Supporting small businesses is more than a purchase. It's an investment in your community.
April 29 to May 5, 2018, is National Small Business Week. Since 1963 this week has been designated to recognize the impact of America's entrepreneurs and small businesses. The best way to celebrate and honor small businesses and local entrepreneurs this week—and all year long—is to do business with them.
Shopping locally gives small businesses a chance to showcase how good they are. They get face time with customers who might not regularly be in their stores and shops. And it shows consumers what they might be missing—the personal connections and experiences they crave but most likely won't get from online or big box retailers.
Ideally, this is more than making a few purchases one week, but instead, turns into a long-term relationship, whereby consumers begin to "shop local" on a regular basis.
Supporting the small businesses in your community has never been more important. Communities need to invest in their small businesses in a meaningful way as they are the key to economic revitalization.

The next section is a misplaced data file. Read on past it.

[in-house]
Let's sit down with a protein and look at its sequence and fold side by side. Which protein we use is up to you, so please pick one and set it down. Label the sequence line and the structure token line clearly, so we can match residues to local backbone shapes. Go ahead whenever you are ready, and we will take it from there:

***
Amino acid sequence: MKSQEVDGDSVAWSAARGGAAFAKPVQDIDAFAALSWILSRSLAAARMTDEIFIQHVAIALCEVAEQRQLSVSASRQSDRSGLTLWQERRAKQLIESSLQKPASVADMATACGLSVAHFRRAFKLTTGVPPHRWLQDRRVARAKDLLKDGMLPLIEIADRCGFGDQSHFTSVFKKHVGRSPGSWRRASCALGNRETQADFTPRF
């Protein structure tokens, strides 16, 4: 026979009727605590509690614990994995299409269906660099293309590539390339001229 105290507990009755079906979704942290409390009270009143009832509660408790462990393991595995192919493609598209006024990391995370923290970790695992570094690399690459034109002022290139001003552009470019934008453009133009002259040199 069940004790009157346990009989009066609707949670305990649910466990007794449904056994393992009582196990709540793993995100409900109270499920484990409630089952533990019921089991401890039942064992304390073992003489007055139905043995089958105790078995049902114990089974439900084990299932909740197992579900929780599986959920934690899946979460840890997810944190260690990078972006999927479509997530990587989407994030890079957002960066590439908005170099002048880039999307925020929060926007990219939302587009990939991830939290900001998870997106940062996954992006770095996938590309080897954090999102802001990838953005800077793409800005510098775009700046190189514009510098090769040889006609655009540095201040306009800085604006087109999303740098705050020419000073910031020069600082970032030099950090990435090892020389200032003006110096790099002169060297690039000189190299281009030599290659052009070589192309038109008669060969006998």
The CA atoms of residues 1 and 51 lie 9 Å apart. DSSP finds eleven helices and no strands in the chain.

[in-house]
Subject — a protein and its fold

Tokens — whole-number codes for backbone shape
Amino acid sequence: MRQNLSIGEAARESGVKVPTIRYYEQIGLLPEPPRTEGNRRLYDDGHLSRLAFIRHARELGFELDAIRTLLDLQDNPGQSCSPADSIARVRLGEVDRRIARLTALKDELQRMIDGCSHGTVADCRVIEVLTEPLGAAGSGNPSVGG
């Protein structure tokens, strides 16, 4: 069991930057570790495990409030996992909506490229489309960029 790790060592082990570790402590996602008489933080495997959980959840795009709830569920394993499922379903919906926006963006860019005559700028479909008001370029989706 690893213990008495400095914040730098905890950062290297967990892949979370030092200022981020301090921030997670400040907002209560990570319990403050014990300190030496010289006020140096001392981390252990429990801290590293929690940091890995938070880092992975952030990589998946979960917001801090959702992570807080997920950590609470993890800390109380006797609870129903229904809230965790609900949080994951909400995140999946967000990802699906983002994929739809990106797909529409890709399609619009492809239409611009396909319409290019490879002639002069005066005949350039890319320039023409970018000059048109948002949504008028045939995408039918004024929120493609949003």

According to the U.S. Small Business Administration, small businesses create two out of every three net new jobs in the private sector. What's more, over half of all Americans own or work for a small business.
There is a symbiotic relationship between residents and small business owners. They really need each other. Small businesses provide jobs and keep the dollars circulating locally. Their owners have an active and personal interest in the well being of the community. They live there. Their kids go to school there. They care about what happens.
When wealth is created, business owners are more likely to turn around and reinvest in the community.
In many cases, small businesses have taken on an even bigger role to play. Small businesses across America are being called to step in and fill the void created by the loss of their community's "pillar" institutions. By this I mean the banks, hospitals, media outlets, etc. that used to be locally owned but that now—thanks to the changes brought about by globalization—exist as part of larger conglomerates.
A few decades ago the owners of these "pillar" businesses were committed to keeping their communities vibrant. They knew their economic health depended on it. But now that the owners of these former "pillars" live elsewhere, they just don't have the same intimate connection to the community.
It makes sense for small businesses to take the lead in pulling communities out of the economic slump many have been in for years. When communities are vibrant, there are more high-paying jobs and people can afford to shop. Quality of life improves. There's more money for schools and programs that lift people out of poverty. Everyone wins.
That's what happened in Pensacola, which in recent years has seen a surge in new businesses and explosive growth in property values. Small businesses have galvanized into a solid group, and they take an active role in the leadership of the community.